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Near death experience and red cabbage

By Dave Snowden  ·  December 24, 2009  ·  Cooking

200912241335.jpg After a near death experience this morning (rain falling on frozen ground creating sheet ice throughout village) I am planning to stay indoors for the next 48 hours until life and limb are safe once more. One foot on the step leading up to the drive at 0700 this morning saw me spread eagled on the ground. At times I was on all fours to make it to the drive where gravel at least meant the car would make it to the road. A very careful and eventful journey on un-gritted roads got me finally to the butcher, and thence to Waitrose to gather food for the holiday period and now I am home I have no intention of moving from the wood burner until Boxing Day at the earliest! Either way, for a few days I am moving away from inter-silo knowledge sharing the the evils of NLP. I'll pick up on the cross silo sharing post Christmas but for the moment expect a few cooking blogs of which this is the first.

I always like the rhythm of Christmas. I ordered the Turkey (Norfolk Bronze) months ago, then upped it from 18lb to 22lb when daughter announced that ten friends would arrive for a visit to the country (I suspect we will be expected to play out scenes of a Londoner's stereotypes of Wiltshire life) on the 27th. I have been commissioned to prepare Pheasant Normandy for one day (six brace of pheasants also arrived this morning from local sources) and a rather exciting combination of cold turkey, cream, cheese and spices along with Spaghetti for the other. The latter dish accounts for the increased size. The rest of the shopping included oysters and chestnuts for one of the stuffings, wild boar sausage meat for the other. No sprouts this year by common agreement and they might be called Barry anyway (you will either get that or you will not depending on your reading) so the replacement vegetable is Red Cabbage.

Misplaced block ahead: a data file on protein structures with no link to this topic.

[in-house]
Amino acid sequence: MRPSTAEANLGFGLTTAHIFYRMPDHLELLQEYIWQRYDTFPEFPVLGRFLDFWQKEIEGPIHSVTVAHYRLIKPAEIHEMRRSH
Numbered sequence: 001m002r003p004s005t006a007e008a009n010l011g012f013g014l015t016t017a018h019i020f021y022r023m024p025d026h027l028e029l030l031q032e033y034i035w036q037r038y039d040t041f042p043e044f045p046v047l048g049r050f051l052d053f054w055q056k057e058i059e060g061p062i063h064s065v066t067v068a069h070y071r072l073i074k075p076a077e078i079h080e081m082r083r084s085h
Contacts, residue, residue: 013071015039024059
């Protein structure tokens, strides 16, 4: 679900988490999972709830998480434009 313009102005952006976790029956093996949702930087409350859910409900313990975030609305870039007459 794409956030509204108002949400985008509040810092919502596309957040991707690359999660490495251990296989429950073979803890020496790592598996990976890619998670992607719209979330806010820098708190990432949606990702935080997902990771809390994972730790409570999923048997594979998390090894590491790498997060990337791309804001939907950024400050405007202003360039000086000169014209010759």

Now while this sounds ordinary, Red Cabbage is one of the great accompaniments to any game and is wonderful hot or cold. Its not to difficult to make. Today's morning task was to start off the stock for tomorrow's gravy and make the Red Cabbage, always best cooked the day before then reheated. The stock was easy, a simple matter of throwing all the Turkey innards (except for the liver, that goes with the oysters this evening) along with swede, carrot, celery, celeriac and swede into a large pot with water to cover. After it boils skim off the scum (thinking of NLP practitioners comes naturally at that point) and then into the bottom oven of the Aga for 12 hours. Strained and chilled that will be used for the gravy tomorrow. I never understand why people don't make stock and anyone who serves Bisto or any ready made gravy at Christmas should strung up by the gizzard.

That done I sliced two onions, four rashers of middle cut bacon and three carrots and fried them until soft. Removed from the heat you then add in a red cabbage, quartered and finely sliced; four cooking apples, peeled cored and slice, four tablespoons of red wine vinegar and six tablespoonfuls of Madeira (or Port). Add in freshly grated nutmeg and a few cloves and then into the top oven for a couple of hours, then the bottom oven for three. (If you don't have an Aga then 4 hours on 300). That done, blend and reduce on the plate then store overnight and heat up just before serving the main dish.

All of that is underway, this evening the Turkey starts. To be ready for 1500 it has to be stuffed and in the oven by midnight, then after picking Daughter up from work it's mulled wine and a good-bad film before starting the bulk of vegetable cooking mid morning of Christmas Day.